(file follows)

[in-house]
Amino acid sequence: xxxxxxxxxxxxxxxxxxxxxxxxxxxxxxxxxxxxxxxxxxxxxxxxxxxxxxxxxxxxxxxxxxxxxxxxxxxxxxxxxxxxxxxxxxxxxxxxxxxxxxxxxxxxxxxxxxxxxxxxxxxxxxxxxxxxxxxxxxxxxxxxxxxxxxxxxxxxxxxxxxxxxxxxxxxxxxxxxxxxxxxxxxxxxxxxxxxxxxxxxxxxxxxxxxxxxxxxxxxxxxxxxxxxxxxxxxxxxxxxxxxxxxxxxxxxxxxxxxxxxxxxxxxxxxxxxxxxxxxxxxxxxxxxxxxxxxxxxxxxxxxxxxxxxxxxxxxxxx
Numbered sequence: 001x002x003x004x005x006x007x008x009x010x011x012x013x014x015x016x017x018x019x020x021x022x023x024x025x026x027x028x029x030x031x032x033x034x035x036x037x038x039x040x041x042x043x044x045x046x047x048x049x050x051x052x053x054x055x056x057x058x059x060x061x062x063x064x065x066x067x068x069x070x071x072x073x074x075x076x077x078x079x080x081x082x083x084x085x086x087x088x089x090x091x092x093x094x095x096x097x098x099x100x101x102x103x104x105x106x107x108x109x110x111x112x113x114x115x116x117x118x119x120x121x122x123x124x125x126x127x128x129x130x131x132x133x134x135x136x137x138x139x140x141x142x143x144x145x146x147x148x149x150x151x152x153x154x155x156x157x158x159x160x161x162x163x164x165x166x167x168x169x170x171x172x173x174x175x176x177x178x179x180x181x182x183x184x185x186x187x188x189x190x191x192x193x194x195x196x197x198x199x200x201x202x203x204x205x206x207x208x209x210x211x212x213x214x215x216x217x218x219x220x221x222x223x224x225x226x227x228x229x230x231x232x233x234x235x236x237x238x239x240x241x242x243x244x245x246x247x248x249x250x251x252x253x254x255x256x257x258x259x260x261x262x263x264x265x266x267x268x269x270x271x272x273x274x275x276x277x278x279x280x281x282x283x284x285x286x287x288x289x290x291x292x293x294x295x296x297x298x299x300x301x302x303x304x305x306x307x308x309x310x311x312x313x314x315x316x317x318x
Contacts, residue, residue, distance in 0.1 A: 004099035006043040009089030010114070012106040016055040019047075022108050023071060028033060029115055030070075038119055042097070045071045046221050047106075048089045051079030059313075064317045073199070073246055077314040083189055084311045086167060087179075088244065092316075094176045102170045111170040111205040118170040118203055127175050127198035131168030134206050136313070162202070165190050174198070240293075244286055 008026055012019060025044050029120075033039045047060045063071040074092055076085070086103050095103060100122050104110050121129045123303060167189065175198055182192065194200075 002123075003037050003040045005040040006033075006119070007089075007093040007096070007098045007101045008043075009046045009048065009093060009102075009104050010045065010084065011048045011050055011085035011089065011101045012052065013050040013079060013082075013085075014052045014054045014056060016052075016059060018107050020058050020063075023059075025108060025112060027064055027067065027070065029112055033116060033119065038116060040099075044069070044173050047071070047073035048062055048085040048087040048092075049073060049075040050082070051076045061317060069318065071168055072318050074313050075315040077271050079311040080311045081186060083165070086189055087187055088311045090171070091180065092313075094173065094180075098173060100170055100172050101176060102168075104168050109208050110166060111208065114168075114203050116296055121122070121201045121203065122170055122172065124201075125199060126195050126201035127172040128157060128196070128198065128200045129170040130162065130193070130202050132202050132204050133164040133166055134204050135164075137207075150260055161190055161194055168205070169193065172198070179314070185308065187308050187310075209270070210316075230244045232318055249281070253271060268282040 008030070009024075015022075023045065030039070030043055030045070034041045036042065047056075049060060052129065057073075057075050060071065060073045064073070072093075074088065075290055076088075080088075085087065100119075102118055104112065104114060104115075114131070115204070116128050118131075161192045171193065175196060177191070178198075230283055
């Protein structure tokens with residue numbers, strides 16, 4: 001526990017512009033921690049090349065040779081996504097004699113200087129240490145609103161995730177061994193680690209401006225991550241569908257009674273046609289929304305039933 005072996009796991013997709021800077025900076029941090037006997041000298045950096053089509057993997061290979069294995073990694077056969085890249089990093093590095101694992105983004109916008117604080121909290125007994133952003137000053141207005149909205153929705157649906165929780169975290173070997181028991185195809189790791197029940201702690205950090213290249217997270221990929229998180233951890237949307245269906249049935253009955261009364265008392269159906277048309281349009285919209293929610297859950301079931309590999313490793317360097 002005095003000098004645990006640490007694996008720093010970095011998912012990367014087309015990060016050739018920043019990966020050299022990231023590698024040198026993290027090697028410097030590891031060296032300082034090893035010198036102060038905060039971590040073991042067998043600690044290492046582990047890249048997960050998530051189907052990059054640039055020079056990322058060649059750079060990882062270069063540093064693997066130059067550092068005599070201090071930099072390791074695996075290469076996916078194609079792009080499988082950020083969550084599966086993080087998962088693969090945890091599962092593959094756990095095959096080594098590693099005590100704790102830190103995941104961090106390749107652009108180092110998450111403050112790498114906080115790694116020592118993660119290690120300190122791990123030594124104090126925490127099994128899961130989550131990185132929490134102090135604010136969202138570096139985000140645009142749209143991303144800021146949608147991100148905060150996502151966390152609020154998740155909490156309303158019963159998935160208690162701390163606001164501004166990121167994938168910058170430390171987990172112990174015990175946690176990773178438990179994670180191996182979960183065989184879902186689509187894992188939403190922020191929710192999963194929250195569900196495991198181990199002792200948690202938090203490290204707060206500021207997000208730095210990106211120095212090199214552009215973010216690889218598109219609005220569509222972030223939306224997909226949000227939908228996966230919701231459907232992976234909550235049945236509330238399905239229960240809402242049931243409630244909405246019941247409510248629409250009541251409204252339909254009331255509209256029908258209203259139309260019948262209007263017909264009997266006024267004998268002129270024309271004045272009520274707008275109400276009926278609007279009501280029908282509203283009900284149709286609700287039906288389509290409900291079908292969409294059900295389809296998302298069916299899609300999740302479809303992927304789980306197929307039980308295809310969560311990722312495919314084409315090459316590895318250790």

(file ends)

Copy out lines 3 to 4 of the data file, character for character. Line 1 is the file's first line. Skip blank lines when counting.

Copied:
Numbered sequence: 001x002x003x004x005x006x007x008x009x010x011x012x013x014x015x016x017x018x019x020x021x022x023x024x025x026x027x028x029x030x031x032x033x034x035x036x037x038x039x040x041x042x043x044x045x046x047x048x049x050x051x052x053x054x055x056x057x058x059x060x061x062x063x064x065x066x067x068x069x070x071x072x073x074x075x076x077x078x079x080x081x082x083x084x085x086x087x088x089x090x091x092x093x094x095x096x097x098x099x100x101x102x103x104x105x106x107x108x109x110x111x112x113x114x115x116x117x118x119x120x121x122x123x124x125x126x127x128x129x130x131x132x133x134x135x136x137x138x139x140x141x142x143x144x145x146x147x148x149x150x151x152x153x154x155x156x157x158x159x160x161x162x163x164x165x166x167x168x169x170x171x172x173x174x175x176x177x178x179x180x181x182x183x184x185x186x187x188x189x190x191x192x193x194x195x196x197x198x199x200x201x202x203x204x205x206x207x208x209x210x211x212x213x214x215x216x217x218x219x220x221x222x223x224x225x226x227x228x229x230x231x232x233x234x235x236x237x238x239x240x241x242x243x244x245x246x247x248x249x250x251x252x253x254x255x256x257x258x259x260x261x262x263x264x265x266x267x268x269x270x271x272x273x274x275x276x277x278x279x280x281x282x283x284x285x286x287x288x289x290x291x292x293x294x295x296x297x298x299x300x301x302x303x304x305x306x307x308x309x310x311x312x313x314x315x316x317x318x
Contacts, residue, residue, distance in 0.1 A: 004099035006043040009089030010114070012106040016055040019047075022108050023071060028033060029115055030070075038119055042097070045071045046221050047106075048089045051079030059313075064317045073199070073246055077314040083189055084311045086167060087179075088244065092316075094176045102170045111170040111205040118170040118203055127175050127198035131168030134206050136313070162202070165190050174198070240293075244286055 008026055012019060025044050029120075033039045047060045063071040074092055076085070086103050095103060100122050104110050121129045123303060167189065175198055182192065194200075 002123075003037050003040045005040040006033075006119070007089075007093040007096070007098045007101045008043075009046045009048065009093060009102075009104050010045065010084065011048045011050055011085035011089065011101045012052065013050040013079060013082075013085075014052045014054045014056060016052075016059060018107050020058050020063075023059075025108060025112060027064055027067065027070065029112055033116060033119065038116060040099075044069070044173050047071070047073035048062055048085040048087040048092075049073060049075040050082070051076045061317060069318065071168055072318050074313050075315040077271050079311040080311045081186060083165070086189055087187055088311045090171070091180065092313075094173065094180075098173060100170055100172050101176060102168075104168050109208050110166060111208065114168075114203050116296055121122070121201045121203065122170055122172065124201075125199060126195050126201035127172040128157060128196070128198065128200045129170040130162065130193070130202050132202050132204050133164040133166055134204050135164075137207075150260055161190055161194055168205070169193065172198070179314070185308065187308050187310075209270070210316075230244045232318055249281070253271060268282040 008030070009024075015022075023045065030039070030043055030045070034041045036042065047056075049060060052129065057073075057075050060071065060073045064073070072093075074088065075290055076088075080088075085087065100119075102118055104112065104114060104115075114131070115204070116128050118131075161192045171193065175196060177191070178198075230283055